ALEP Hosts Discussion on U.S.-Afghanistan Relations

On October 24, former National Security Advisor Gen. H.R. McMaster and former Afghan Ambassador to China Janan Mosazai visited Stanford Law School to share their perspectives on the future of U.S.-Afghanistan relations.

Gen. McMaster and Amb. Mosazai presented to a full house of Stanford law students, faculty, and community members. Professor Erik Jensen and Executive Director of Stanford’s Rule of Law Program Mehdi Hakimi moderated the discussion and supplemented their perspectives on the U.S. policy in Afghanistan.

At the beginning of the session, the speakers discussed two different visions of Afghanistan: one of an Afghanistan that is supported by its people to be a country of peace, cooperation and understanding and the other darker vision of the country, one that is pursued by extremists and views Afghanistan as a springboard for terrorism. Gen. McMaster and Amb. Mosazai spent the rest of the discussion refuting the second vision of Afghanistan and presented ideas for a way forward that embraced the first vision of the country.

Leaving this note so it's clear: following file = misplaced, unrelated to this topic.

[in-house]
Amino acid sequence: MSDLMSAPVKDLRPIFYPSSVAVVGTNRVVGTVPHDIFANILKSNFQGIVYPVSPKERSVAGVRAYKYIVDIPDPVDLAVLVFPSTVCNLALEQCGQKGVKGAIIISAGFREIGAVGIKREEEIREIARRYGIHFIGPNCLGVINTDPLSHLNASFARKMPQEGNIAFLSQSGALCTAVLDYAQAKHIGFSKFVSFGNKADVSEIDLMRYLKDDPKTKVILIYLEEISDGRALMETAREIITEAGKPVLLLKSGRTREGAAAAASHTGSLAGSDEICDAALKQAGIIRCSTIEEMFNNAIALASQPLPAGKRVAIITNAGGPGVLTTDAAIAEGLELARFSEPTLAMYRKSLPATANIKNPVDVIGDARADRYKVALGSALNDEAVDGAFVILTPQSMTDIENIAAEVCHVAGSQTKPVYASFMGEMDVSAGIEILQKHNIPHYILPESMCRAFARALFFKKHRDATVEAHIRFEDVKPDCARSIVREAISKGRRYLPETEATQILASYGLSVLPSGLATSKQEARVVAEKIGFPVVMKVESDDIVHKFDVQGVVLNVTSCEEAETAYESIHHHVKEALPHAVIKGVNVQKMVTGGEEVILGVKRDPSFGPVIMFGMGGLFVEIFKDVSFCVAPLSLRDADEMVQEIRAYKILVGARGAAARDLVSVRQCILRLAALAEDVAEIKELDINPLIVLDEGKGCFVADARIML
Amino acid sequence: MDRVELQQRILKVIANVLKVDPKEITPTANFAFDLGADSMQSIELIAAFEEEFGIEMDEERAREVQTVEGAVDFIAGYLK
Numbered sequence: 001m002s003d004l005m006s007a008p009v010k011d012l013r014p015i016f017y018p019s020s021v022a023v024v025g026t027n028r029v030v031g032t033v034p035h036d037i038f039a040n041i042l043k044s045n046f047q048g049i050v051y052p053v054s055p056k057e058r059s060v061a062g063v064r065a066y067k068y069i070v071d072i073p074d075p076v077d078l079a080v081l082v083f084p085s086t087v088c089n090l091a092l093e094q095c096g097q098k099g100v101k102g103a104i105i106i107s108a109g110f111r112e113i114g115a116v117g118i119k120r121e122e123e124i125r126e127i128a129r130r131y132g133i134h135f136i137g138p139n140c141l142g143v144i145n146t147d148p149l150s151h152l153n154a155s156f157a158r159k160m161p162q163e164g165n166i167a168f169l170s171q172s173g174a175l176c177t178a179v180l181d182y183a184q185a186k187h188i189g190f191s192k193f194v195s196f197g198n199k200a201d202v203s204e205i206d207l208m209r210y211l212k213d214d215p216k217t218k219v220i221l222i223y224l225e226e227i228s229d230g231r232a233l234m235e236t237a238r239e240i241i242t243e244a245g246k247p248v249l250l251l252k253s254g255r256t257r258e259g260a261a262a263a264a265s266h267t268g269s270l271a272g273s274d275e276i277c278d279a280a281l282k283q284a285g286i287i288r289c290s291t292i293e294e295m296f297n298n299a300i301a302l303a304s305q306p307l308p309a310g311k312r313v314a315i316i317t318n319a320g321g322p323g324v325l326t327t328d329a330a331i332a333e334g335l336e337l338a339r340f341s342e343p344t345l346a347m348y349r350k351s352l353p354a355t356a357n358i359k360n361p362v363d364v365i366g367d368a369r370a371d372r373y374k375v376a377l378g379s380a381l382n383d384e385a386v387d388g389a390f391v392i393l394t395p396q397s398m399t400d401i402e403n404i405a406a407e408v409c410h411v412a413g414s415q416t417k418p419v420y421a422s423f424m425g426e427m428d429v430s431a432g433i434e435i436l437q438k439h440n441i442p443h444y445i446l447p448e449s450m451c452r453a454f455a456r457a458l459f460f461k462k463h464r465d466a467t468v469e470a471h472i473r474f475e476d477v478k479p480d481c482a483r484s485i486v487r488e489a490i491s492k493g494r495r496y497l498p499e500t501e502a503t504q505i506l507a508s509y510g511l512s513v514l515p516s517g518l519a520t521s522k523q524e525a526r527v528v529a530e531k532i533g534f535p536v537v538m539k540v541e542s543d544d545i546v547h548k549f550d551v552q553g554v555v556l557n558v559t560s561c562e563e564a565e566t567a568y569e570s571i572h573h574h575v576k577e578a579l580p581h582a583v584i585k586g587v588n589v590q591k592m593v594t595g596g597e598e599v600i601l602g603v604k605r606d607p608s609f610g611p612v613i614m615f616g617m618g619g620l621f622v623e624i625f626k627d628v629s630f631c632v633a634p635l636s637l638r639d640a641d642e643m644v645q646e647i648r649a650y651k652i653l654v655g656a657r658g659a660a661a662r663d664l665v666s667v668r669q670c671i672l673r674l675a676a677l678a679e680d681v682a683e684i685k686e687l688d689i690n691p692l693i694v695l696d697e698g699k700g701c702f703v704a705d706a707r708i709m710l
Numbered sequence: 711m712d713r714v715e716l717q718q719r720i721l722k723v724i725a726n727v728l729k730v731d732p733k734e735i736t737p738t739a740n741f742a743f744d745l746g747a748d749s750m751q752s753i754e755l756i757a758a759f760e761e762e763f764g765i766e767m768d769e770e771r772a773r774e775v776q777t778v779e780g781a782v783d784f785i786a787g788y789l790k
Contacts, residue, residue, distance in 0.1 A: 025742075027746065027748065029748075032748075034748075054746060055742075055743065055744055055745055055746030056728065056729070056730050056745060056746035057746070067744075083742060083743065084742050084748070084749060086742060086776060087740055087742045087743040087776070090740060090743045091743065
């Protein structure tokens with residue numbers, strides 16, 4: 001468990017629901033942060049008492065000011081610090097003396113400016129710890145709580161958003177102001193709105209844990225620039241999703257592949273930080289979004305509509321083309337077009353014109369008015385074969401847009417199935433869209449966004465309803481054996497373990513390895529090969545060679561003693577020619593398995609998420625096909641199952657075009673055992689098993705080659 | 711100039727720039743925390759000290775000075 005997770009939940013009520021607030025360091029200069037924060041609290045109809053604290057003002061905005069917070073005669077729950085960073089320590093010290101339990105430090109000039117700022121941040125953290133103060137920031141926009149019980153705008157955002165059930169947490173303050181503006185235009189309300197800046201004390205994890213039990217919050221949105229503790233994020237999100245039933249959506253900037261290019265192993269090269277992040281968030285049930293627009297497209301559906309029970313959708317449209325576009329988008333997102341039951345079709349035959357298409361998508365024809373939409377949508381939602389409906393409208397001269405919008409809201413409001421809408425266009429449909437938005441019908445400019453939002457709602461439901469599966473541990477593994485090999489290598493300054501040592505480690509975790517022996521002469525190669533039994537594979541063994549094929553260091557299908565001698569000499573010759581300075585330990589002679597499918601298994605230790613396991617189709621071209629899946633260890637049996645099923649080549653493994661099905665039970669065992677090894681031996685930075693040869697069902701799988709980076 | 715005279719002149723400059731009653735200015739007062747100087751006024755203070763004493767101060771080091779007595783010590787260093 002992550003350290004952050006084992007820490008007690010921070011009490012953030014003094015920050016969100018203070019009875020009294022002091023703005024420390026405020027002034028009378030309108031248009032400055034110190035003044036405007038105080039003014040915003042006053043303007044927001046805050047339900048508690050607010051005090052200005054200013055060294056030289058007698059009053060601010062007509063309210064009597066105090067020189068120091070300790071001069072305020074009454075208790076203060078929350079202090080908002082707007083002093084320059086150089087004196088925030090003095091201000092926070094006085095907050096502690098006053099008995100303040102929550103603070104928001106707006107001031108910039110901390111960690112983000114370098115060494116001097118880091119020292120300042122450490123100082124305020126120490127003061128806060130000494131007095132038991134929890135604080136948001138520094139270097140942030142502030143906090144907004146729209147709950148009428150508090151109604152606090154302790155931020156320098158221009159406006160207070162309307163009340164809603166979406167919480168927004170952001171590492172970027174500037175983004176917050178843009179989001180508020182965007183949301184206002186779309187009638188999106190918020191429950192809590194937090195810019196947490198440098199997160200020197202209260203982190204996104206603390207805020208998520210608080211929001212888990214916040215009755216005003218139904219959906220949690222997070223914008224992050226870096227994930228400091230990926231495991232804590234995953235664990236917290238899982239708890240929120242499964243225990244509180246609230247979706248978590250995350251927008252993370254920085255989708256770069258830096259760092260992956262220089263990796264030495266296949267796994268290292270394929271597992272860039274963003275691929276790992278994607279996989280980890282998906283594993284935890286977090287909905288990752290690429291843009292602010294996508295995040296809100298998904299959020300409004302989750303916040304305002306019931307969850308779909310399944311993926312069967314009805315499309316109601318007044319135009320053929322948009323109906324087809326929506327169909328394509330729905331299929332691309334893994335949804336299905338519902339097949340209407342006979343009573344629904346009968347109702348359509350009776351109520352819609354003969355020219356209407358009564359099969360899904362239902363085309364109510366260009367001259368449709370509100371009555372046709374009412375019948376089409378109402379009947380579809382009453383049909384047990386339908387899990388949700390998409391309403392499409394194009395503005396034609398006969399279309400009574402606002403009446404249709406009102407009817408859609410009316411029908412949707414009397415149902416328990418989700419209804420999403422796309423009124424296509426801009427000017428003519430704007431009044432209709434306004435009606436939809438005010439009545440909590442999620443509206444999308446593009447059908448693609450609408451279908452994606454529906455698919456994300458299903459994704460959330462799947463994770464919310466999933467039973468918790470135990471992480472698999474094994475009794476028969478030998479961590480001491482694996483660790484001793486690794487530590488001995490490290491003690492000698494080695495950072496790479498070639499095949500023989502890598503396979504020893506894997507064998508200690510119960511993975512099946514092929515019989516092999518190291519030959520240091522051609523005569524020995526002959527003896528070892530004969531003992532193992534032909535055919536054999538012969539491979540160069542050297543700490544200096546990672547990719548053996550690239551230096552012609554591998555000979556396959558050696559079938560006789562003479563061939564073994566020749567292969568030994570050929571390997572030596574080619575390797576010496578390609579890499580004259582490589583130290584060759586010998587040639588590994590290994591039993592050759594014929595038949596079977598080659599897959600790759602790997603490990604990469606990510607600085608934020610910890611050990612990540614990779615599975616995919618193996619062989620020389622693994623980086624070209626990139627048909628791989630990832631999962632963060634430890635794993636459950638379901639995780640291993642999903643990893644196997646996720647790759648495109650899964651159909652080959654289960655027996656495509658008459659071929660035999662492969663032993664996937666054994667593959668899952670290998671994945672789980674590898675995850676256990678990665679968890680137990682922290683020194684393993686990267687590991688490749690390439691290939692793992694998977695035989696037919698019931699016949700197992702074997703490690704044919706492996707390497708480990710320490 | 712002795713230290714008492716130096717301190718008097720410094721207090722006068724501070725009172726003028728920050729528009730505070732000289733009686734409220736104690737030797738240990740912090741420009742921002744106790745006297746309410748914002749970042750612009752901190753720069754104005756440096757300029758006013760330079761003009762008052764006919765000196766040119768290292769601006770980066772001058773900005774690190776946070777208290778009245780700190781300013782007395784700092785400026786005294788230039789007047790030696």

Gen. McMaster and the SLS Rule of Law team also talked about how rule of law separates a prosperous society from those that fail and that it is the most important way to stabilize a post-conflict country.

Gen. H.R. McMaster was the 26th assistant to the president for National Security Affairs. He served as a commissioned officer in the United States Army for thirty-four years before retiring as a Lieutenant General in June 2018. Gen. McMaster will be serving as the Fouad and Michelle Ajami Senior Fellow at the Stanford Hoover Institution. Read about his work at the institute here.

ALEP Hosts Discussion on U.S.-Afghanistan Relations

ALEP Hosts Discussion on U.S.-Afghanistan Relations 1

About ALEP: Founded in 2007, the Afghanistan Legal Education Project (ALEP) at Stanford Law School develops innovative legal curricula to help Afghanistan’s universities train the next generation of lawyers and leaders. ALEP is one of the projects under Stanford Law School’s Rule of Law Program. For more on ALEP, see:

About Rule of Law Program: Established in 1999, the Stanford Law School’s Rule of Law Program is the University’s vehicle for promoting the study and practice of international rule of law and development. The program serves as the scholastic and administrative umbrella for Rule of Law Projects in various countries. For more on the program, see: